Executive summary: Simplify the complexity of third-party management
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Simplify the complexity of third-party management
Corporations continue to increase their use of third parties, depending on countless vendors, suppliers, distributors and contractors throughout their value chain. While the use of these organizations is increasingly critical for success, third parties can leave you vulnerable to greater financial, regulatory and reputational risks unless you have the right attention and processes. As these relationships become more commonplace and more strategic, regulatory bodies are paying closer attention, with increased pressure and penalties.
The use of third parties has increased for several reasons, including the ability to scale rapidly, raising capacity to meet demand. Third parties can also provide increased access for organizations seeking an international presence. The right strategy can bring products to market more efficiently; instead of building costly infrastructure, organizations can partner with data centers and application providers to enhance technology resources.
Third-party risk management has been addressed in a siloed and limited fashion for most organizations. However, increased reliance on third parties is causing companies to review their policies and strive for a more holistic approach. For example, data privacy is a key concern amid breaches and increased hacker activity; comprehensive processes that identify and actively manage all vendors that have access to sensitive information are therefore required. If an incident occurs, it does not matter if your third party is the cause; you retain ultimate responsibility and your company's brand is the one that is tarnished.
The elements of an effective third-party management program
Developing a strong third-party management process can be a complex endeavor. Each pillar is dependent on sufficient resources to support the infrastructure, consisting of the right people, processes and technology. Contrary to popular belief, a significant expense is not always necessary, but you need to think through the skill sets of the people that you need and ensure that processes flow appropriately to accomplish their desired goals. Technology allows you to leverage the program across your organization.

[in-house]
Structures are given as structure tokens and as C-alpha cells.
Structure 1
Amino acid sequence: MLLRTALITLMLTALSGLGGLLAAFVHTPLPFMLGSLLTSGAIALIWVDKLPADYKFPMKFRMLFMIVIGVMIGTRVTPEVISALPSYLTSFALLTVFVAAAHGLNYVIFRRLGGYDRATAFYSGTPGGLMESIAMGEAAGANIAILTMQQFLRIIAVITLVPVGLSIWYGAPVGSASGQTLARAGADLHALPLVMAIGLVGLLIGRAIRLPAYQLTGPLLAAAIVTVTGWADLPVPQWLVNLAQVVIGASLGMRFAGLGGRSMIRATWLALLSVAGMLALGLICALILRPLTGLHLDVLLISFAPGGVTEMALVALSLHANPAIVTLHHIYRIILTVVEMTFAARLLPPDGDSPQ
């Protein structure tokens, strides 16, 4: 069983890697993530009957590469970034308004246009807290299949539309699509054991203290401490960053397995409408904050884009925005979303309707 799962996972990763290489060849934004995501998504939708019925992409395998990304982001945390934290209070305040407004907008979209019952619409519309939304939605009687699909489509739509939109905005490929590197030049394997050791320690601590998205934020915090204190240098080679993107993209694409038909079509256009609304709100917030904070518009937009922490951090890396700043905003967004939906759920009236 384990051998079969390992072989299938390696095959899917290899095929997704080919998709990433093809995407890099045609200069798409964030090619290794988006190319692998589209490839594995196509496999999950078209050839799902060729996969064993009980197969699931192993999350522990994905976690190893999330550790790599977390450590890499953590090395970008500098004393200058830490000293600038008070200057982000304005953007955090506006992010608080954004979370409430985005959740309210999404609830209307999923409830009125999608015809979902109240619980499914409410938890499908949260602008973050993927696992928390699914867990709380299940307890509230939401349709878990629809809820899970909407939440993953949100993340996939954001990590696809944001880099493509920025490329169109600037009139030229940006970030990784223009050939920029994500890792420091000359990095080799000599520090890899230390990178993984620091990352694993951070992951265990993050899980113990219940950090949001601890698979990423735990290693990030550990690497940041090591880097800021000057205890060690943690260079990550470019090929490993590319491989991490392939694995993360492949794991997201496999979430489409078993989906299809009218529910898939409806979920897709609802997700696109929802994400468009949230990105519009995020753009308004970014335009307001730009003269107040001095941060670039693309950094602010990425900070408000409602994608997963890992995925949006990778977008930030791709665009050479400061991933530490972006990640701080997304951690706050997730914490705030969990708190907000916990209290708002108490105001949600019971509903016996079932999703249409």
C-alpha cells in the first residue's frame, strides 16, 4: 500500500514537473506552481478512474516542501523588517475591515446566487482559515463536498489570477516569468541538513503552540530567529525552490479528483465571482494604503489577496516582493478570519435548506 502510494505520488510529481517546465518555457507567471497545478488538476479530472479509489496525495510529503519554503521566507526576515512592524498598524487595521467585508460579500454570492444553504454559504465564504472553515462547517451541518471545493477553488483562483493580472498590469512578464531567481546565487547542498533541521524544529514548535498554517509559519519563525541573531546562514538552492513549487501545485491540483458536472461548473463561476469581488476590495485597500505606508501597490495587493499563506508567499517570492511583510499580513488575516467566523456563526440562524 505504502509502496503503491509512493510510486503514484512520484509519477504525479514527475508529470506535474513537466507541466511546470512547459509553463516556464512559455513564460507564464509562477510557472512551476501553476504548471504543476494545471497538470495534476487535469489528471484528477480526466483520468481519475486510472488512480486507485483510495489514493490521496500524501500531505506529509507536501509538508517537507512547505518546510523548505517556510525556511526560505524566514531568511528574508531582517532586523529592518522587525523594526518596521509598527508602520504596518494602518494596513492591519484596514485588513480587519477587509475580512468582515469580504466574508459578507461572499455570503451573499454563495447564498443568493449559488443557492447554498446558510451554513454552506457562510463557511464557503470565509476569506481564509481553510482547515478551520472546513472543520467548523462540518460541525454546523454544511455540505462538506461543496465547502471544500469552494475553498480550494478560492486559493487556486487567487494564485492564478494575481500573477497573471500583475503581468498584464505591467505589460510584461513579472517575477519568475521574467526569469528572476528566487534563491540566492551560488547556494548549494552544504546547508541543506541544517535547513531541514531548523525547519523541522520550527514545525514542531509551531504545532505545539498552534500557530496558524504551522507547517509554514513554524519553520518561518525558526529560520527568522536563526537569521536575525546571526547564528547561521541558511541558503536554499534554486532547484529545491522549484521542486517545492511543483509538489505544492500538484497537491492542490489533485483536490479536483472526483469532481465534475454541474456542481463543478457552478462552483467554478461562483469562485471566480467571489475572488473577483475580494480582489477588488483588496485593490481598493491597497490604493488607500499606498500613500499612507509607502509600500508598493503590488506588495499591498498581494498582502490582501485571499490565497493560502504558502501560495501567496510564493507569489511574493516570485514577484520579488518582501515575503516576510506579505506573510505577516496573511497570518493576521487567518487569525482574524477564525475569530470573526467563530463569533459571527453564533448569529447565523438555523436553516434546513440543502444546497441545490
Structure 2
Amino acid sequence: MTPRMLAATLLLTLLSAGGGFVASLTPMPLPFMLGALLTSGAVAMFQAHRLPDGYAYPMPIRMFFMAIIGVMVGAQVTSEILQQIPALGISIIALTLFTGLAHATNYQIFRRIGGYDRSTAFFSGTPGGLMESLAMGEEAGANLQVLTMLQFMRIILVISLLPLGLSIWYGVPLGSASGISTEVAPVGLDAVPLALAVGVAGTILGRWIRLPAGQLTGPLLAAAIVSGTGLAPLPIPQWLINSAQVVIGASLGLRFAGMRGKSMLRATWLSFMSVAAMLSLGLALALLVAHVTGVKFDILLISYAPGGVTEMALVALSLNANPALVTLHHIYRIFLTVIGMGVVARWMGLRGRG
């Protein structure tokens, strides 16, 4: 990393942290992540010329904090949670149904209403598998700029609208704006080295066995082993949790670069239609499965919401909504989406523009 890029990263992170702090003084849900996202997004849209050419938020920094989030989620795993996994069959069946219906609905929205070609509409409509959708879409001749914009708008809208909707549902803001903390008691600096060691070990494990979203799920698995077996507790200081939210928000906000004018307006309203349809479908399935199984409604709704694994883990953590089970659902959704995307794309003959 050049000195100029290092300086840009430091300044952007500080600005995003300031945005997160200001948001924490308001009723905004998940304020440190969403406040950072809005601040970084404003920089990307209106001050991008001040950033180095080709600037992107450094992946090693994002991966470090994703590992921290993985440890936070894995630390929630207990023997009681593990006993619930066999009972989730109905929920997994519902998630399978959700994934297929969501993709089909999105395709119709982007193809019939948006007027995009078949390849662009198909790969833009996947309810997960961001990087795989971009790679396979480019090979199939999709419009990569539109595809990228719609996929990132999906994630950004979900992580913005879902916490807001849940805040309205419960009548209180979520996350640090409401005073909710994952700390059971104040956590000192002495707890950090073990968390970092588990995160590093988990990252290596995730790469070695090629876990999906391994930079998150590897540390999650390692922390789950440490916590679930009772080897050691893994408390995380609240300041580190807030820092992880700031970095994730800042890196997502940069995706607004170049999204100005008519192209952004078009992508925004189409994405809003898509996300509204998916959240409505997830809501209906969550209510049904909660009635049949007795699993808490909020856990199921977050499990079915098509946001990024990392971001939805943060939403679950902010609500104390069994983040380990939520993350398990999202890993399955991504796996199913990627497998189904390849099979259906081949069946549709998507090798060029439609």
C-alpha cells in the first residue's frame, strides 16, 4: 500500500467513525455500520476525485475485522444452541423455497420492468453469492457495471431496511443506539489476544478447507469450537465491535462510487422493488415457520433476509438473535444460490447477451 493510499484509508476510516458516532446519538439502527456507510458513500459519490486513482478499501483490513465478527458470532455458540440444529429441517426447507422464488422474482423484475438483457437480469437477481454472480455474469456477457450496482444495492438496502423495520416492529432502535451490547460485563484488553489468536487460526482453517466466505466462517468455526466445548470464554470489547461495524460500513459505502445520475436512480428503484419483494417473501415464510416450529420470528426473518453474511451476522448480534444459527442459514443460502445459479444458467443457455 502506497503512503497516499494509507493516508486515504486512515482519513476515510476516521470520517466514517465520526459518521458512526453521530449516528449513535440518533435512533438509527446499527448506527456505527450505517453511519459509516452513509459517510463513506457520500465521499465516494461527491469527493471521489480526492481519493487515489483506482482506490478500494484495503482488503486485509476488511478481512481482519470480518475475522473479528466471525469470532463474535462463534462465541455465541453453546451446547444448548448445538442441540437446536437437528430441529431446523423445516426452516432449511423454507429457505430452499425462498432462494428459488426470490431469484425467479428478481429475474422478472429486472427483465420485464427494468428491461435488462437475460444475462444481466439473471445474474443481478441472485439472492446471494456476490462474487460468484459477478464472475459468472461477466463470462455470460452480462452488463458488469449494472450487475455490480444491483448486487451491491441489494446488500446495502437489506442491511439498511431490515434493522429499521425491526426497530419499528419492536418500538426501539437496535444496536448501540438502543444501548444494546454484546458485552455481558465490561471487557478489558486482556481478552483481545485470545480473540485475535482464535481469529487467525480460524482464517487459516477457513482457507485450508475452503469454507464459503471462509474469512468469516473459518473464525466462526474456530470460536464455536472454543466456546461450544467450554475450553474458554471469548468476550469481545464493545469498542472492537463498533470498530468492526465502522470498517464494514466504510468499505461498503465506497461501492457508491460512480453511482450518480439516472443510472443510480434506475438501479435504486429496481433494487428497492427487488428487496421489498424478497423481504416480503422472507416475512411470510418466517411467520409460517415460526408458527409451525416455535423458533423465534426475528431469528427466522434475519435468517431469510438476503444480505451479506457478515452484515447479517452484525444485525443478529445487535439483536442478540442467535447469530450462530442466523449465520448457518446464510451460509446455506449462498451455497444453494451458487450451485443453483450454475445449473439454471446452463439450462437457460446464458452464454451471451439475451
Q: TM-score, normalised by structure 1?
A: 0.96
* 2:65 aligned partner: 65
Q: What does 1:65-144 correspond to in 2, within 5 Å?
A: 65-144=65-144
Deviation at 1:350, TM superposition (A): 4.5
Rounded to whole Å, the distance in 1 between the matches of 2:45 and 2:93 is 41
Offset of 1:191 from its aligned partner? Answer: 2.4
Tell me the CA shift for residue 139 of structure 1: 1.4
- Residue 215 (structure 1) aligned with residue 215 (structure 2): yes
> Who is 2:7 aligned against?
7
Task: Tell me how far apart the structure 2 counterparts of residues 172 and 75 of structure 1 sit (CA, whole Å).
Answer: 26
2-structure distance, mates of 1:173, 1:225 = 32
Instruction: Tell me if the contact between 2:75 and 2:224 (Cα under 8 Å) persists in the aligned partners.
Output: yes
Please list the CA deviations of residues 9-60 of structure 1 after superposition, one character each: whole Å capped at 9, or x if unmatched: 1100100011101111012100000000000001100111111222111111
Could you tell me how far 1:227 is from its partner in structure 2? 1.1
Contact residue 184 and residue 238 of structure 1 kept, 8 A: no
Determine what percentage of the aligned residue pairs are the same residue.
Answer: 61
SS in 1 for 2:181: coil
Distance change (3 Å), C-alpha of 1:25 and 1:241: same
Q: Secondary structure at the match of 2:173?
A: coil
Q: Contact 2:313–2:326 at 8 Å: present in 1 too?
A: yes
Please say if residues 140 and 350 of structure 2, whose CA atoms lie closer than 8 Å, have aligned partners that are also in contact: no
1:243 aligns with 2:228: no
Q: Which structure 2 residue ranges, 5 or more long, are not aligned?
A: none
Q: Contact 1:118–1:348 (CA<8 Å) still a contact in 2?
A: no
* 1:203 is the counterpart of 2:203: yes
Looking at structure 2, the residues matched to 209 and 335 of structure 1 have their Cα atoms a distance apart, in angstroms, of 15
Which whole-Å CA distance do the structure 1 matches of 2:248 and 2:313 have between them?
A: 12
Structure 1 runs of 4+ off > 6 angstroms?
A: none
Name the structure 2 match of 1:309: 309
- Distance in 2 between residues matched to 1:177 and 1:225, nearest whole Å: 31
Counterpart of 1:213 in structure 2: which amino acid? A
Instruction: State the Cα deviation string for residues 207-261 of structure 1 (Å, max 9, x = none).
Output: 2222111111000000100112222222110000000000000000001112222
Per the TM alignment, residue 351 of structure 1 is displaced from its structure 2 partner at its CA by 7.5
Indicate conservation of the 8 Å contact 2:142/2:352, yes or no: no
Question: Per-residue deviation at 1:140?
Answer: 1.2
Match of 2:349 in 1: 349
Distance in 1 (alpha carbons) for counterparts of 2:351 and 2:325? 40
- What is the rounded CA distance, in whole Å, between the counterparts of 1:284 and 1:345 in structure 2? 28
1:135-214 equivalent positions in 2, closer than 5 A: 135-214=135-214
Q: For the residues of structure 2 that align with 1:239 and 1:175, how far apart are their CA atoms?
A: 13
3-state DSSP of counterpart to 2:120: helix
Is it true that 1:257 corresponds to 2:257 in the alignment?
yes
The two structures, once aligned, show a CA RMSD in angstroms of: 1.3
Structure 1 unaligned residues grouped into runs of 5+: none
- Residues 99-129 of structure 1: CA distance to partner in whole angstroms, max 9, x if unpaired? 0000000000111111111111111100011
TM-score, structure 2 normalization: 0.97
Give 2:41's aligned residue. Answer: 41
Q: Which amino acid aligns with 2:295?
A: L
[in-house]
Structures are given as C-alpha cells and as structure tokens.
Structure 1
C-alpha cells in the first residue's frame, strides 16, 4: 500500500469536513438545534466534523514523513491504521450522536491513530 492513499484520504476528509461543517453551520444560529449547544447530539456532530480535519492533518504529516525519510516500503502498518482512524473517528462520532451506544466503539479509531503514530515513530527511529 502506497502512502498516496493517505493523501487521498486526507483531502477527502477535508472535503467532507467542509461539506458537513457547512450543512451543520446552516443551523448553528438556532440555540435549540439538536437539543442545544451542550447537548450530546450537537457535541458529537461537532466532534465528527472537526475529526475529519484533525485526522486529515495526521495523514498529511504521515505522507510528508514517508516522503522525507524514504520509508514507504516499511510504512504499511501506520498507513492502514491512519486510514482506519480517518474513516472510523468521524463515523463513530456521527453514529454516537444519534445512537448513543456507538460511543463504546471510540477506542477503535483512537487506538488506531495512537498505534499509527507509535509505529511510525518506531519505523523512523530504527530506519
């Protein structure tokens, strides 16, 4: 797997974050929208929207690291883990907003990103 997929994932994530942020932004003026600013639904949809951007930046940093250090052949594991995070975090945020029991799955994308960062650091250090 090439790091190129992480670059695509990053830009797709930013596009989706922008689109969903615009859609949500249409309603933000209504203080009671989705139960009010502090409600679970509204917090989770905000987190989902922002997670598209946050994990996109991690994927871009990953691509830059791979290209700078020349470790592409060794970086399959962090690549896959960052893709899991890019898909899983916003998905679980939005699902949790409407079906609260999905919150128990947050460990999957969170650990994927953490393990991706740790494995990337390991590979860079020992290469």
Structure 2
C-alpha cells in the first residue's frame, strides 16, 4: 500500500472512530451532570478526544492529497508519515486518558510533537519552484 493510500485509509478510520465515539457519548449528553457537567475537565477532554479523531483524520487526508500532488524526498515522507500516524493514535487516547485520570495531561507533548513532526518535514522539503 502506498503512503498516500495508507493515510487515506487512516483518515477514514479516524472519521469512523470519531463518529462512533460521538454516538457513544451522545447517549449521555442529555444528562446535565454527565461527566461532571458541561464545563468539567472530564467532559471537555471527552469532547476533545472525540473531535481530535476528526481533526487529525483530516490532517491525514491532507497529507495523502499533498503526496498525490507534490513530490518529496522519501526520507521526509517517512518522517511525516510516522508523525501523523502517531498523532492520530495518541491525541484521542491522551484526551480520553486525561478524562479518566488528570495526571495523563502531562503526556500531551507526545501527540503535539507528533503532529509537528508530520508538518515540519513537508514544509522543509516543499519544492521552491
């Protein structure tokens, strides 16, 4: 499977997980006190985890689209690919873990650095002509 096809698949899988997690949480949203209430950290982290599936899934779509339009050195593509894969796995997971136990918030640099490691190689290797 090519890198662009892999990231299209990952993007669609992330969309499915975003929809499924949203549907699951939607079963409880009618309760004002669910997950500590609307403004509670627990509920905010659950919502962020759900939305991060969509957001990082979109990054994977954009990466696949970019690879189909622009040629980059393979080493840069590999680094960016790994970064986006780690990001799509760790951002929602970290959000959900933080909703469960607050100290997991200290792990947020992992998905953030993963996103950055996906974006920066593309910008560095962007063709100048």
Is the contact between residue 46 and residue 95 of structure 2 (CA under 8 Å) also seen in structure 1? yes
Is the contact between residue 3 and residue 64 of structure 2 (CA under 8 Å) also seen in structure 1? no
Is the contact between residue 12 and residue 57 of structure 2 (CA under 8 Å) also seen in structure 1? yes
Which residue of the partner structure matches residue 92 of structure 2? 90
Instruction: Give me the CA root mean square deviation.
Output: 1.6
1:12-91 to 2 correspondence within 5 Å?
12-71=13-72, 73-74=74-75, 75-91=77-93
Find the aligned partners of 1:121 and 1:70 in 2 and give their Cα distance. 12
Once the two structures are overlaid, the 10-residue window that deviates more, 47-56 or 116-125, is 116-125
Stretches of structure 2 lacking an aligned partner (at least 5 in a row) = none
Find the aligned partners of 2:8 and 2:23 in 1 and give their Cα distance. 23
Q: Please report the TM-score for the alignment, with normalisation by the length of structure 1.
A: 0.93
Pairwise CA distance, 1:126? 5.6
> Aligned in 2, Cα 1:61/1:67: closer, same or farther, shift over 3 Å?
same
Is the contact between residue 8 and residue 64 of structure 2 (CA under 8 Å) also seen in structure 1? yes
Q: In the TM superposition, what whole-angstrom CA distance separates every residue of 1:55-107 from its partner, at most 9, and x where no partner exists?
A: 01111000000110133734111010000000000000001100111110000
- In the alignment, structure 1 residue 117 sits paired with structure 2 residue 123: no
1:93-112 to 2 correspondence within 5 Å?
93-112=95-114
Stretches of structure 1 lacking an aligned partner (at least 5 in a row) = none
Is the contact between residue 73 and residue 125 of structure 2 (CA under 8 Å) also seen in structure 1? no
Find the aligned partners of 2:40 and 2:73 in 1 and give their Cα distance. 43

Before you select a third party, you should complete a thorough planning phase. Planning assumes that you understand the inherent risks that your organization faces when utilizing a third party. Begin with a high-level business case, assessing alignment with strategy and other priorities, such as information technology (IT) development or mergers and acquisitions. Evaluate what functions you need to outsource, the customer and employee impact if you do so and plan for managing related risks. Only after those steps have taken place should you review the marketplace for qualified third parties.
Performing third-party due diligence involves several steps common to the typical procurement process, including issuing a request for proposal (RFP), ensuring the third party is qualified and that service-level agreements are in place. However, you must also link your inherent risks (identified in the planning stage) back to the due diligence process to ensure that a potential third party has appropriate controls in place to mitigate the relevant risks. In addition, due diligence should include reviewing system architecture, establishing and visiting service locations and assessing reliance on subcontractors.
To effectively assess risk, you should conduct detailed controls assessments of RFP finalists, perform reference calls and background checks. Assess a third party's control effectiveness based on provided responses, documentation and site visits, as applicable.
After analyzing inherent risks and determining potential vendors' controls and comparing them to your needs, link this information to contract negotiations to ensure your gaps (in terms of identified risks) are covered. Contract clauses should directly reflect identified and understood risks. Retain a short list of third parties to maximize leverage on terms and incorporate RFP responses regarding standard terms into the negotiation. Make a final selection based on your total cost of ownership (including risk management) and contractual terms and obtain any required approvals.